Stocks To Buy In Deflation Period - Where To Invest Money?

Inflation at historic low of 0.44%
Economy staring at deflation. Is it a good news?

While a fall in prices may sound like good news to most laymen, economists see this as an ominous sign of a collapse in demand in the economy.

The country is facing a negative inflation or deflation scenario with inflation touching near-zero level of 0.44% and expected to go down further in coming weeks. If negative inflation sustains for longer period of time, it will affect economic activities and in turn performance of most of the companies.

Let's understand what is deflation:

In economics, deflation is a sustained decrease in the general price level of goods and services. Deflation occurs when the inflation rate falls below zero percent, resulting in an increase in the real value of money — a negative inflation rate. This should not be confused with disinflation, a slow-down in the inflation rate (i.e. when the inflation decreases, but still remains positive). Inflation reduces the real value of money over time, conversely, deflation increases the real value of money.

Most economists believe that deflation is a problem in a modern economy because of the danger of a deflationary spiral. Deflation is also linked with recessions and with the Great Depression.

In the current scenario, prices are falling not because of improved productivity but because of fall in demand. If deflation sustains for longer period of time, it will have a more adverse impact on demand. "Deflation results in less demand, lower production and weak economic growth," said Citibank in a report "India Macroscope''.

A negative inflation discourages investments in the economy. The real interest rate difference between nominal interest rate and inflation becomes very high, making funds costlier. As demand goes down, capacity utilization of manufacturing units declines. This discourages investment in capacity expansion.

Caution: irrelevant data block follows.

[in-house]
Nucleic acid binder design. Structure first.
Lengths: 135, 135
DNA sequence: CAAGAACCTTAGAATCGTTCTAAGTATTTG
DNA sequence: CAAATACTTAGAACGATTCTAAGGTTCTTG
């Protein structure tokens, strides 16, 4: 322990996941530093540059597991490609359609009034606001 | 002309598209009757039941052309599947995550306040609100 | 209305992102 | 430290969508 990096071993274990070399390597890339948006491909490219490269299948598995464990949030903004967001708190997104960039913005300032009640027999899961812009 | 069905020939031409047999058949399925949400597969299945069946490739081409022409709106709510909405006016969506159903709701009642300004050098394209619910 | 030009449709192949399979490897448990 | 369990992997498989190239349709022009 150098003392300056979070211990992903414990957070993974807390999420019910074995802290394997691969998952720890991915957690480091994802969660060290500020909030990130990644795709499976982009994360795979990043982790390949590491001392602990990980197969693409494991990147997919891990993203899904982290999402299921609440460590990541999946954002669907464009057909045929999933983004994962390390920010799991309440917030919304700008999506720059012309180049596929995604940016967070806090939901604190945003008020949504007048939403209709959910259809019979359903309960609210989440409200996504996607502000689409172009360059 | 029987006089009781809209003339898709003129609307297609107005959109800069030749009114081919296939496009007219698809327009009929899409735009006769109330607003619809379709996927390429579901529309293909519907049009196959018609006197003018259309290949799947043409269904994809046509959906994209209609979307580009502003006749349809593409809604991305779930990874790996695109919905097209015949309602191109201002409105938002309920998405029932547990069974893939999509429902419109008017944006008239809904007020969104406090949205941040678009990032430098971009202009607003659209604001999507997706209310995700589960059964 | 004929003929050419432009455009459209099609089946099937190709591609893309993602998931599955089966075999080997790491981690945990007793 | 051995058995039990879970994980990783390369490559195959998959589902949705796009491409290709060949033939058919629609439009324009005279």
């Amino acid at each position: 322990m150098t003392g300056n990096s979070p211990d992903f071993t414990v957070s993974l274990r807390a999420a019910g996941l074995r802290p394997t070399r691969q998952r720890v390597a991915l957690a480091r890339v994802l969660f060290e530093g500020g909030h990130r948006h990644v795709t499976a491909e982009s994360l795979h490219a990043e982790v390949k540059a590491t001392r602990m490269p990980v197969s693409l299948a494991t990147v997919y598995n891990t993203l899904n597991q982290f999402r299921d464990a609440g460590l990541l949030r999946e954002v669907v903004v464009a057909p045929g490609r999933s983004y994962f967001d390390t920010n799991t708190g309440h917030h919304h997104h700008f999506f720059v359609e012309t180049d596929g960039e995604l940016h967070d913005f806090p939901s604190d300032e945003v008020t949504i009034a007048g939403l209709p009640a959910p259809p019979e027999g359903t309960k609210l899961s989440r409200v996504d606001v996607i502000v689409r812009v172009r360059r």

As performances of companies will be hit, the Citibank report said investors should be selective while buying stocks in deflationary environment. It said invest in those companies whose products or services are not much affected by fall in demand. So, companies operating in health care, telecommunication and utilities like electricity distribution could be good bet to invest. Services of these companies will remain in demand even if the economy slows down.

Investors also need to identify those companies where decline in prices lead to increase demand for their products, prompting them to produce more value-added products with greater economies of scale. In this category, companies operating in sectors like FMCG, snacks and beverages, health care, utilities and telecommunications can be included.

Checkout: Best FMCG Companies - Stocks to Invest in 2009

Companies with strong balance sheets, which do not have much debt on their books, can also be considered for investment. As debt servicing would become difficult in the deflationary time, one should stick to companies (mainly in IT, health care and energy sectors), which are less leveraged, the report added.

The report pointed out that total investment in the economy may decline by 2 percentage points of GDP by 2010 to 35.7% from 37.1% in the current financial year.

At the same time, companies operating in capital goods sector should be avoided. Capital goods are required when companies are investing in either new projects or expanding existing facilities. But, as companies are avoiding both, the performance of capital goods companies may further dip.

The real estate companies should also be avoided. In deflation, the general perception is that the prices will further fall. So, home buyers will further postpone their purchasing decisions, which will further increase the suffering of the cash-starved real estate sector. Read: Real Estate Sector Still In Downtrend

Checkout: Stock Market in 2009 - Stocks to Buy
Source & Reference: Times Of India